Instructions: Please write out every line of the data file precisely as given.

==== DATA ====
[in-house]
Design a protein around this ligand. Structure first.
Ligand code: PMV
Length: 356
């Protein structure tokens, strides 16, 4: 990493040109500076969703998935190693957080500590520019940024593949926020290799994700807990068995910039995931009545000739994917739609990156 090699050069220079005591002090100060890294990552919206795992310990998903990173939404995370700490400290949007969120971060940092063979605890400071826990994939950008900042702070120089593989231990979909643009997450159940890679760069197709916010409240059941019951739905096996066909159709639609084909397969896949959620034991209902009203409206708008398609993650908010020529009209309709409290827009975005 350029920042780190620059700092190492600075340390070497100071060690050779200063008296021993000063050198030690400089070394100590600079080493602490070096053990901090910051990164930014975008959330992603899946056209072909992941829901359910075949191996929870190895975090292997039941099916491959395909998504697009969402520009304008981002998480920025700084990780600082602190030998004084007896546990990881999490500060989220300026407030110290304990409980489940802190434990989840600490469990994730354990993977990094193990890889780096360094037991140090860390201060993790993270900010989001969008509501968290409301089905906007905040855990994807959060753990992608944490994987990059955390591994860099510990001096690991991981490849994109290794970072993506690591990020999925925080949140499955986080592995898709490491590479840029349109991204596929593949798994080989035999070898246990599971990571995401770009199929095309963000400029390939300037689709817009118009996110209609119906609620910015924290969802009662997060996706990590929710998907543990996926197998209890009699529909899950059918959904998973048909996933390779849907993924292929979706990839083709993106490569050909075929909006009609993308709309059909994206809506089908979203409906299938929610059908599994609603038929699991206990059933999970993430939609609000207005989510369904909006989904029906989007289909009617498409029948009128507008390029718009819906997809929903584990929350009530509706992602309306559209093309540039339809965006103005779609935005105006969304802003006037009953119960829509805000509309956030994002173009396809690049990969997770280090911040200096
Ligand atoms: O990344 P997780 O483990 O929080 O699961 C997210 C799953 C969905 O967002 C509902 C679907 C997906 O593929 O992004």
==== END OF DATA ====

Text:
[in-house]
Design a protein around this ligand. Structure first.
Ligand code: PMV
Length: 356
């Protein structure tokens, strides 16, 4: 990493040109500076969703998935190693957080500590520019940024593949926020290799994700807990068995910039995931009545000739994917739609990156 090699050069220079005591002090100060890294990552919206795992310990998903990173939404995370700490400290949007969120971060940092063979605890400071826990994939950008900042702070120089593989231990979909643009997450159940890679760069197709916010409240059941019951739905096996066909159709639609084909397969896949959620034991209902009203409206708008398609993650908010020529009209309709409290827009975005 350029920042780190620059700092190492600075340390070497100071060690050779200063008296021993000063050198030690400089070394100590600079080493602490070096053990901090910051990164930014975008959330992603899946056209072909992941829901359910075949191996929870190895975090292997039941099916491959395909998504697009969402520009304008981002998480920025700084990780600082602190030998004084007896546990990881999490500060989220300026407030110290304990409980489940802190434990989840600490469990994730354990993977990094193990890889780096360094037991140090860390201060993790993270900010989001969008509501968290409301089905906007905040855990994807959060753990992608944490994987990059955390591994860099510990001096690991991981490849994109290794970072993506690591990020999925925080949140499955986080592995898709490491590479840029349109991204596929593949798994080989035999070898246990599971990571995401770009199929095309963000400029390939300037689709817009118009996110209609119906609620910015924290969802009662997060996706990590929710998907543990996926197998209890009699529909899950059918959904998973048909996933390779849907993924292929979706990839083709993106490569050909075929909006009609993308709309059909994206809506089908979203409906299938929610059908599994609603038929699991206990059933999970993430939609609000207005989510369904909006989904029906989007289909009617498409029948009128507008390029718009819906997809929903584990929350009530509706992602309306559209093309540039339809965006103005779609935005105006969304802003006037009953119960829509805000509309956030994002173009396809690049990969997770280090911040200096
Ligand atoms: O990344 P997780 O483990 O929080 O699961 C997210 C799953 C969905 O967002 C509902 C679907 C997906 O593929 O992004």